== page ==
- TOP PLAYERSOffensePABLO S. TORRE | August 20, 2012
- TAMPA BAY buccaneersENEMY lines WHAT A RIVAL COACH SAYSJune 28, 2012
- Faces in the CrowdJune 11, 2001
The 41-year-old Guillen is brutally direct with the media and his players, lacking the edit chip typically found in managers and coaches. "Even in the dugout I tell them if they stink," he says. "I'm not going to be one of these guys who says, 'Oh, don't worry. Everything is going to be O.K.' I don't buy that [stuff], because by the time you wait for things to be O.K. it's too late."
In recent weeks Guillen has ripped reliever Damaso Marte, suggesting he overstated an injury to avoid pitching ("If Marte is not ready to help this team, he can have a nice trip [home] to the Dominican Republic and enjoy himself"); slumping DH Carl Everett, who complained about being dropped from third to sixth in the lineup ("If he thinks he's swinging the bat good, I don't know what game he is watching"); and the Venezuelan media for misinterpreting his remark about quitting if he wins the World Series ("Next time find somebody who understands English better. Bring [the quotes] to the U.S. embassy").
Guillen says that he would consider quitting not to escape the stress, as the Venezuelan media intimated, but to go out on top. As a White Sox shortstop from 1985 through '97, he knows well that the team has not won a World Series since 1917. "I'm one of the fans," he says. "I don't want it for myself. I want it for Chicago. And if we win, I'll be set in this town for 20 years. I'll be just like [former Bears coach Mike] Ditka: Just win one and live off it for 20 years.
" Chicago is a city of [bleeping] losers. We've got to come up with another sport for Chicago, just to win something. The last thing they won here was with the Bulls. So I want to win as badly as the fans do."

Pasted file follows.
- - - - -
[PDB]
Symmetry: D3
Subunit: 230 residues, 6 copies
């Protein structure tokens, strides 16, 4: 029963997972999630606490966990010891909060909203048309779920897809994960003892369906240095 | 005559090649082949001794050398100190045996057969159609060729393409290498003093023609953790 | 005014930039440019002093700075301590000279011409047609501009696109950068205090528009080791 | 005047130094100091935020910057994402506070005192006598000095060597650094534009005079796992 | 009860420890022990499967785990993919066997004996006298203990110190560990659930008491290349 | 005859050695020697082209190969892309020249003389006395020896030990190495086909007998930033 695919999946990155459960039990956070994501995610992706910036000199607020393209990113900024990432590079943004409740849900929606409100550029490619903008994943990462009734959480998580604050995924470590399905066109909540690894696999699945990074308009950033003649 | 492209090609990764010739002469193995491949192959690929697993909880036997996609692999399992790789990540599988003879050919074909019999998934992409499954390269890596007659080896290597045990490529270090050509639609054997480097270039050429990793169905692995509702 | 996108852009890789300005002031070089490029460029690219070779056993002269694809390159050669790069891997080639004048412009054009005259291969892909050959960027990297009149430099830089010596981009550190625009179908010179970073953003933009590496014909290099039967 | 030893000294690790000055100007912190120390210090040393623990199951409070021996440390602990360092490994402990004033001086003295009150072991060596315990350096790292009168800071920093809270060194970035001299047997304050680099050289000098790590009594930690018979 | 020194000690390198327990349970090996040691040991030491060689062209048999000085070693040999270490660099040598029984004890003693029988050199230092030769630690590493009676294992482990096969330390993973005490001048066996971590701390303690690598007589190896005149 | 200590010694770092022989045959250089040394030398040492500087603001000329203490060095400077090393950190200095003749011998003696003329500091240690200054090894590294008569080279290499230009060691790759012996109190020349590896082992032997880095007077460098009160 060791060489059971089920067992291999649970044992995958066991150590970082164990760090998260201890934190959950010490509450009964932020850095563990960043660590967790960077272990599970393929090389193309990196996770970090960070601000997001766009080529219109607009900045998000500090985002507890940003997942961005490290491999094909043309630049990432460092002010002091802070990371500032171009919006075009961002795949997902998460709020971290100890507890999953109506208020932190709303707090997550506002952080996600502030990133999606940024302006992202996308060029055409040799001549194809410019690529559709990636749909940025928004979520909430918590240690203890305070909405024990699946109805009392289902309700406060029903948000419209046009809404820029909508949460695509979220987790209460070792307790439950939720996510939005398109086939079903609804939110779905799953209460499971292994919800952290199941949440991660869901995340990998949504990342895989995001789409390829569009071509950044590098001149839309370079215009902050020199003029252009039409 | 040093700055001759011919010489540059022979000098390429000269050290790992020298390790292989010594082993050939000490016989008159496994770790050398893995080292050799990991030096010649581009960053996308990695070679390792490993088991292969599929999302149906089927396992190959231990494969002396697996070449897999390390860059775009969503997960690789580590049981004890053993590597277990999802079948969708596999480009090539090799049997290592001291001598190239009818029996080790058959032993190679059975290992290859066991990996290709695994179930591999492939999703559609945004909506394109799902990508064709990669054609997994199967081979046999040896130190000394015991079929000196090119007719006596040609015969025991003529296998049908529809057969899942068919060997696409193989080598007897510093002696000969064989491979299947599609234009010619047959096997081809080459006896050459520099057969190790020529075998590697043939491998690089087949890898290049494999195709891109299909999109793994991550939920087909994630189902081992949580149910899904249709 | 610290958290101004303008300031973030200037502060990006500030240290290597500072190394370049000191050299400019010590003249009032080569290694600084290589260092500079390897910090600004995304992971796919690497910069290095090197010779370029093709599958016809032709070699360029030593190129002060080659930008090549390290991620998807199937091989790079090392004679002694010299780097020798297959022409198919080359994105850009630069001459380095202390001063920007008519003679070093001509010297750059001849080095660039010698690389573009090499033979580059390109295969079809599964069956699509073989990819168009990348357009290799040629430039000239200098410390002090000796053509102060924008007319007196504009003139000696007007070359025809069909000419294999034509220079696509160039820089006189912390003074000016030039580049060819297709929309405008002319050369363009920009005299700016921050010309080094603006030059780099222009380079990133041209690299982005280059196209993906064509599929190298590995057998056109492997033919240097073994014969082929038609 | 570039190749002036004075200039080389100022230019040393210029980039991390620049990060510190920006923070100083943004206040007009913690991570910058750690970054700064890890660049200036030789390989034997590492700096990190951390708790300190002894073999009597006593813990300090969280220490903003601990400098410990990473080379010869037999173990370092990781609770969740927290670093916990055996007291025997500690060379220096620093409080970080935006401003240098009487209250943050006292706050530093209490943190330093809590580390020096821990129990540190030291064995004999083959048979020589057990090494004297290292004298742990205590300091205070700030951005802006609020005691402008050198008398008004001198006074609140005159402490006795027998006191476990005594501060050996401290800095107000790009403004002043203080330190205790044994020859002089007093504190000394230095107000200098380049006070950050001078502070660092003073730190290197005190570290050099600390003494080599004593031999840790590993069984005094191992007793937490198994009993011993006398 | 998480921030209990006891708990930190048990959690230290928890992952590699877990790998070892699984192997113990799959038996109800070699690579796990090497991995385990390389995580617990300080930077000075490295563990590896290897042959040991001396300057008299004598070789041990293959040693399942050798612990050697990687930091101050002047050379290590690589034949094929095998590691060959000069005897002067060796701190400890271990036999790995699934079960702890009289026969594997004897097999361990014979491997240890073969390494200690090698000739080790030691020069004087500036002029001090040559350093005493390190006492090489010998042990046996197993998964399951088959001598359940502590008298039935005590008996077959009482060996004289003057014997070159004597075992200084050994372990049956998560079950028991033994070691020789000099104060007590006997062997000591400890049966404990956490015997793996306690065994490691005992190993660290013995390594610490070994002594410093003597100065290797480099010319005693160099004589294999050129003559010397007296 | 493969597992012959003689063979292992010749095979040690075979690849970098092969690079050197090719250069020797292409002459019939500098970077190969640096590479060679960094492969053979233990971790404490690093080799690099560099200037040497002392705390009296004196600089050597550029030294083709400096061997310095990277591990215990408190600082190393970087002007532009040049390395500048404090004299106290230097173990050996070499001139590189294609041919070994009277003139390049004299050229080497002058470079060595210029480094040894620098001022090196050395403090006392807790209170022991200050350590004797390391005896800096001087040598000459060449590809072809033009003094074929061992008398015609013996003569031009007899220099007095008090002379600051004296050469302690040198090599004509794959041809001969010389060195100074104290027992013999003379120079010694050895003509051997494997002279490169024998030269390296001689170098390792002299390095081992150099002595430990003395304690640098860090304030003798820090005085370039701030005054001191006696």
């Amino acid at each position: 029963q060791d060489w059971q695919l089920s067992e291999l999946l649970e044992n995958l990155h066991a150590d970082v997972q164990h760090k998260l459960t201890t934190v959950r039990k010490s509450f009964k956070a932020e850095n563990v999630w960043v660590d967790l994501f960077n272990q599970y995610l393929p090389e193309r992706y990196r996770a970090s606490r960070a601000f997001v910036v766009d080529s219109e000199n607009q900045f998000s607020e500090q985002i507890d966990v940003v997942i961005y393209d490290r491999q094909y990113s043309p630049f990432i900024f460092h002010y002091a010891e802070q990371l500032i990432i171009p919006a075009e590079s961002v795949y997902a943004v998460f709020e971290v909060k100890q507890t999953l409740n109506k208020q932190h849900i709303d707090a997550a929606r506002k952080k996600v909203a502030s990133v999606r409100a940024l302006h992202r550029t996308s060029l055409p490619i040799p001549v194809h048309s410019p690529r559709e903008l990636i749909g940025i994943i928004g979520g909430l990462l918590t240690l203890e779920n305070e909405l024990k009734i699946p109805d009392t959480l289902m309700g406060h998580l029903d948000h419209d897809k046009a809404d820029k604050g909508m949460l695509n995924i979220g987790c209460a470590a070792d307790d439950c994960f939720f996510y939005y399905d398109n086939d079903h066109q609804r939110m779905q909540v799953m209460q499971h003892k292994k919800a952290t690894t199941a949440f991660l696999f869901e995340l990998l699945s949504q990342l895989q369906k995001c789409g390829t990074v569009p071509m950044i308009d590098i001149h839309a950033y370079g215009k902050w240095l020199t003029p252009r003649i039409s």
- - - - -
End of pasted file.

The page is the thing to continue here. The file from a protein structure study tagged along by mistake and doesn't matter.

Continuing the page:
To end the drought the White Sox will need timely hitting from a mediocre offense ( Chicago was ninth in the league in scoring) and more ace-quality pitching from Jose Contreras (10-2 in the second half, including 5-0 in September and his first career complete game last Friday). "He's so nasty right now, it's like having a closer pitch nine innings," Konerko says.
The White Sox are the sort of team Guillen likes: scrappy but low in star power. When general manager Kenny Williams wondered near the July trading deadline if he should make a major deal--he was interested in Reds centerfielder Ken Griffey Jr.--Guillen lobbied to leave the team untouched. "We were something like 30 games over .500," Guillen says. "It would be a slap in the face to these guys to tell them they're not good enough. This is the team I'm going to live and die with. The fans don't want to see stars. They want to see the team win. If you don't win, I don't care if you have [bleeping] Michael Jordan and Michael Jackson on the field. The fans aren't going to come."
U.S. Cellular Field was sold out on Saturday for the 18th time this season, and the joint jumped when White Sox rightfielder Jermaine Dye blasted his second three-run homer in as many nights, a third-inning shot that put Chicago ahead 6-1. Under the flash of fireworks Guillen smiled, relieved to finally have some breathing room. The final score was 8-1, and the White Sox hadn't won a game so easily since Sept. 2. For one night, anyway, the madness of the pennant race and the haunting specter of infamy left Guillen alone. "I think," he said after the victory, "we're back on track."